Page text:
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Sweet Cicely, otherwise known as Garden Myrrh, was formerly a widely cultivated culinary herb, as it was said to have been strewn on the floors of churches in medieval Britain, presumably for its scent.
The plant is renowned for its aniseed taste and fragrance and there are many recipes which use different parts of the plant: the roots can be boiled; leaves added to salads; seeds added for flavouring. The plant has also been used as a wood polish creating a deep lustre on wooden surfaces.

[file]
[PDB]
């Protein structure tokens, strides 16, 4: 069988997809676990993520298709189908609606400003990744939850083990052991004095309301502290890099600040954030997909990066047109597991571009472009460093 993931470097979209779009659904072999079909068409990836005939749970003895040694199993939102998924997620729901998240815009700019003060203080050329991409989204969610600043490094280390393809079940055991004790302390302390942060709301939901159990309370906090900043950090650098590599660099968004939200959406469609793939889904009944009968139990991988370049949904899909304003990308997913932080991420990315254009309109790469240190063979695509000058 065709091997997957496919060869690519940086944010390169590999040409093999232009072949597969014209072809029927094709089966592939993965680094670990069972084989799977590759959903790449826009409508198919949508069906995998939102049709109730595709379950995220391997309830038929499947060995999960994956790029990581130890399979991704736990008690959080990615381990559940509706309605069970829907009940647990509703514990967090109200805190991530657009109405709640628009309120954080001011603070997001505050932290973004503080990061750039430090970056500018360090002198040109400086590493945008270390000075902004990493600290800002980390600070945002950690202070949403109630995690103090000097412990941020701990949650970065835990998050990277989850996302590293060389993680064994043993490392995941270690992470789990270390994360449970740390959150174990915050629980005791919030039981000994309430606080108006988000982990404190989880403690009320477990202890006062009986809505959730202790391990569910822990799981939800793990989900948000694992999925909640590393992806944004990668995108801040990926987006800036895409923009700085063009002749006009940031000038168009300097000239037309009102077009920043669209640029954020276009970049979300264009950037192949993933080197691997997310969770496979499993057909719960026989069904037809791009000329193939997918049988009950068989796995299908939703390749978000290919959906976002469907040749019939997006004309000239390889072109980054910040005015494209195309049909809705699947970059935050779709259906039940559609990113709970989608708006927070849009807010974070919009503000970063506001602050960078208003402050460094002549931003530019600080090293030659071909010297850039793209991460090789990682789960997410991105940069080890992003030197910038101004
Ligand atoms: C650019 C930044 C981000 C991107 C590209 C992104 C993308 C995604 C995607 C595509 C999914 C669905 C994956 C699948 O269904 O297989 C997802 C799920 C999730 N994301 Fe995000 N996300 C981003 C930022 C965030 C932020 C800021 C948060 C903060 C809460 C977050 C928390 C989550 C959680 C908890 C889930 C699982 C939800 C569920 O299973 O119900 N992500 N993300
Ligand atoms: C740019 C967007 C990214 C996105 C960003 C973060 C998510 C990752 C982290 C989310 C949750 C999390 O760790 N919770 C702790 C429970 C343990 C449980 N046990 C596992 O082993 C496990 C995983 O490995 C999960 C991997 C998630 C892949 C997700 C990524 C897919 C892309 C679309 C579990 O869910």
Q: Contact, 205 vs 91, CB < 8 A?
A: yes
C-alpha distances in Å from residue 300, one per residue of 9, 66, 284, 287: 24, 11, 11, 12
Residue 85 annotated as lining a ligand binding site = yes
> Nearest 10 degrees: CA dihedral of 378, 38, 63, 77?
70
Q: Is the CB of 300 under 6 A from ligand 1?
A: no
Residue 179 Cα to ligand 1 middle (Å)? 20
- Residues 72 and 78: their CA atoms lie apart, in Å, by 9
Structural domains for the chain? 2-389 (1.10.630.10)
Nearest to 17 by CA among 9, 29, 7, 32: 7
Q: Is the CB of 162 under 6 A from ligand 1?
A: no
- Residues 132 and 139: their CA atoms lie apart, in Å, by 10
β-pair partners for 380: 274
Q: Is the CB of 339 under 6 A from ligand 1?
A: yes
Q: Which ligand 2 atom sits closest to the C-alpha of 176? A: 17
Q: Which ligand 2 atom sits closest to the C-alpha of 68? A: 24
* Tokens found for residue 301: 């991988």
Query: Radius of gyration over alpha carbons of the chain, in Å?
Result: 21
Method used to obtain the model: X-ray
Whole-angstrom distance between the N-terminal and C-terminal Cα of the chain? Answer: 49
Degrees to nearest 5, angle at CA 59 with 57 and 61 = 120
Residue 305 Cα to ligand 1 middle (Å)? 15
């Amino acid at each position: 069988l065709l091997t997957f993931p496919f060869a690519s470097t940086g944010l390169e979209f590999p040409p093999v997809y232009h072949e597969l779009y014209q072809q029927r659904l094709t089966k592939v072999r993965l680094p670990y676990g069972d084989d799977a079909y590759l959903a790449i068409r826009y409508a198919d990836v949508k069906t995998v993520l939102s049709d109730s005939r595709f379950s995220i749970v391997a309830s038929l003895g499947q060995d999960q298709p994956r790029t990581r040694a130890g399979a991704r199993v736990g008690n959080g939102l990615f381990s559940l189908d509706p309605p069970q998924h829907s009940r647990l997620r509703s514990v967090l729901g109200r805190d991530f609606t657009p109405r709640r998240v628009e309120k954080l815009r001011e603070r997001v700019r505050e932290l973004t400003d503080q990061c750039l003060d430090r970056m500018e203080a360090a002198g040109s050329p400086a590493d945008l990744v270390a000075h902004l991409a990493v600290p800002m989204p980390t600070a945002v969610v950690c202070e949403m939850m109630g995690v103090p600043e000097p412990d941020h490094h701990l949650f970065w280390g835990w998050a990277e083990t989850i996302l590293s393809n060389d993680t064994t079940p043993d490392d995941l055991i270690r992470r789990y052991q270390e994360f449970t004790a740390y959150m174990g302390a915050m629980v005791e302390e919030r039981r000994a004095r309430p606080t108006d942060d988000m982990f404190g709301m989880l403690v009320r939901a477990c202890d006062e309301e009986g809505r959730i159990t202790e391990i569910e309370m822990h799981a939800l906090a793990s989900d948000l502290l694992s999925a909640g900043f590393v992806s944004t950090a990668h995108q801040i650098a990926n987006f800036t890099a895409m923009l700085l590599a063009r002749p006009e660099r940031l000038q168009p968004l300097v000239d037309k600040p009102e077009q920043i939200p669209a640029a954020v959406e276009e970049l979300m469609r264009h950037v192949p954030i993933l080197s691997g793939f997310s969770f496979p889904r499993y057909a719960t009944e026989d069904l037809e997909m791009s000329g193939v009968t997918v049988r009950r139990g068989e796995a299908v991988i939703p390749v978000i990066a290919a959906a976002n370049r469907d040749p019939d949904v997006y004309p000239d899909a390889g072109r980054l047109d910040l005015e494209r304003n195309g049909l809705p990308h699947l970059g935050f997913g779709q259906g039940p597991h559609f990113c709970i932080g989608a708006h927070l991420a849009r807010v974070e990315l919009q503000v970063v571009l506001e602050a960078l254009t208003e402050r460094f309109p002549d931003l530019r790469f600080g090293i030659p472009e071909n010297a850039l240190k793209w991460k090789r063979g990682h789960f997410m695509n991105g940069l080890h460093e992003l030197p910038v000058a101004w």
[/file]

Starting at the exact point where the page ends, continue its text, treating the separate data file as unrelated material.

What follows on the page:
This early flowering perennial plant has a bushy, ‘feathery’ appearance and the crushed foliage has a very strong aniseed scent. Producing umbels of white flowers in summer, these ripen to form large seeds in late summer, and these will frequently stay on the stems until winter.
Growing up to 1.2m, Sweet Cicely prefers partial shade and well-drained humus-rich soil, and once established, can become invasive as it self seeds readily.